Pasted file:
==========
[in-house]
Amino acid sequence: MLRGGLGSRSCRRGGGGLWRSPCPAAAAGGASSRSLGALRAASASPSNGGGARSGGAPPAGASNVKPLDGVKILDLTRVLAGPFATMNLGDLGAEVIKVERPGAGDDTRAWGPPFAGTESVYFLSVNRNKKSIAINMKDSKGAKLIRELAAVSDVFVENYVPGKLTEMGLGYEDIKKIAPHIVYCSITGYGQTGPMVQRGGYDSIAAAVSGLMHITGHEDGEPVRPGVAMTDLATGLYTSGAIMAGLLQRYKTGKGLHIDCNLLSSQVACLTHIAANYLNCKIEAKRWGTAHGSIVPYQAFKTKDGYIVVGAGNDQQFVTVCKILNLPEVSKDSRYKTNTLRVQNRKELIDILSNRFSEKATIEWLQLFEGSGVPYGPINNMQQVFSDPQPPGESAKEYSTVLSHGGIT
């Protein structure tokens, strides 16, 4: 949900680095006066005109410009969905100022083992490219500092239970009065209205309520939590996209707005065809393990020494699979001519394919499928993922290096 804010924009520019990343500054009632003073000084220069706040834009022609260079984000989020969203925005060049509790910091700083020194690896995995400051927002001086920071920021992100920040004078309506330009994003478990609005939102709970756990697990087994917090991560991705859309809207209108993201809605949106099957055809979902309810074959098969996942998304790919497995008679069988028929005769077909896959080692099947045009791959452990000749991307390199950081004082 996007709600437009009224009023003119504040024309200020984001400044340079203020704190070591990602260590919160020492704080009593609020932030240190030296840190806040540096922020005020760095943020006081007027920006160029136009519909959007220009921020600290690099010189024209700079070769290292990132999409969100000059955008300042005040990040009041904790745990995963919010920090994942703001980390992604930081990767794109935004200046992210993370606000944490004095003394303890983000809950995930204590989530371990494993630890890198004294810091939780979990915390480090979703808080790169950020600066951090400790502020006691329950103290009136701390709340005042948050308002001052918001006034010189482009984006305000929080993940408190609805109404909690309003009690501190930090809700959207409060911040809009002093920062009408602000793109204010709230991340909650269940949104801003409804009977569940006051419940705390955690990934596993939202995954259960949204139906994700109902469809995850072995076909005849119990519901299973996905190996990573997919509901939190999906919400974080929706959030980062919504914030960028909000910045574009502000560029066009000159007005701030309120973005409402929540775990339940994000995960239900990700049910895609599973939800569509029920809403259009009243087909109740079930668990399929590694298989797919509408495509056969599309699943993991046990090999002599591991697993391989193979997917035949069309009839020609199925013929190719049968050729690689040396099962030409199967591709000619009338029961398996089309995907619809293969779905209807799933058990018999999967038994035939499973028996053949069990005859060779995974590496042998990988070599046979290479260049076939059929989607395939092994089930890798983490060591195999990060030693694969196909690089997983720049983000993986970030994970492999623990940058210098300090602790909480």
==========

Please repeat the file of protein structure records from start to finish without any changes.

[in-house]
Amino acid sequence: MLRGGLGSRSCRRGGGGLWRSPCPAAAAGGASSRSLGALRAASASPSNGGGARSGGAPPAGASNVKPLDGVKILDLTRVLAGPFATMNLGDLGAEVIKVERPGAGDDTRAWGPPFAGTESVYFLSVNRNKKSIAINMKDSKGAKLIRELAAVSDVFVENYVPGKLTEMGLGYEDIKKIAPHIVYCSITGYGQTGPMVQRGGYDSIAAAVSGLMHITGHEDGEPVRPGVAMTDLATGLYTSGAIMAGLLQRYKTGKGLHIDCNLLSSQVACLTHIAANYLNCKIEAKRWGTAHGSIVPYQAFKTKDGYIVVGAGNDQQFVTVCKILNLPEVSKDSRYKTNTLRVQNRKELIDILSNRFSEKATIEWLQLFEGSGVPYGPINNMQQVFSDPQPPGESAKEYSTVLSHGGIT
């Protein structure tokens, strides 16, 4: 949900680095006066005109410009969905100022083992490219500092239970009065209205309520939590996209707005065809393990020494699979001519394919499928993922290096 804010924009520019990343500054009632003073000084220069706040834009022609260079984000989020969203925005060049509790910091700083020194690896995995400051927002001086920071920021992100920040004078309506330009994003478990609005939102709970756990697990087994917090991560991705859309809207209108993201809605949106099957055809979902309810074959098969996942998304790919497995008679069988028929005769077909896959080692099947045009791959452990000749991307390199950081004082 996007709600437009009224009023003119504040024309200020984001400044340079203020704190070591990602260590919160020492704080009593609020932030240190030296840190806040540096922020005020760095943020006081007027920006160029136009519909959007220009921020600290690099010189024209700079070769290292990132999409969100000059955008300042005040990040009041904790745990995963919010920090994942703001980390992604930081990767794109935004200046992210993370606000944490004095003394303890983000809950995930204590989530371990494993630890890198004294810091939780979990915390480090979703808080790169950020600066951090400790502020006691329950103290009136701390709340005042948050308002001052918001006034010189482009984006305000929080993940408190609805109404909690309003009690501190930090809700959207409060911040809009002093920062009408602000793109204010709230991340909650269940949104801003409804009977569940006051419940705390955690990934596993939202995954259960949204139906994700109902469809995850072995076909005849119990519901299973996905190996990573997919509901939190999906919400974080929706959030980062919504914030960028909000910045574009502000560029066009000159007005701030309120973005409402929540775990339940994000995960239900990700049910895609599973939800569509029920809403259009009243087909109740079930668990399929590694298989797919509408495509056969599309699943993991046990090999002599591991697993391989193979997917035949069309009839020609199925013929190719049968050729690689040396099962030409199967591709000619009338029961398996089309995907619809293969779905209807799933058990018999999967038994035939499973028996053949069990005859060779995974590496042998990988070599046979290479260049076939059929989607395939092994089930890798983490060591195999990060030693694969196909690089997983720049983000993986970030994970492999623990940058210098300090602790909480």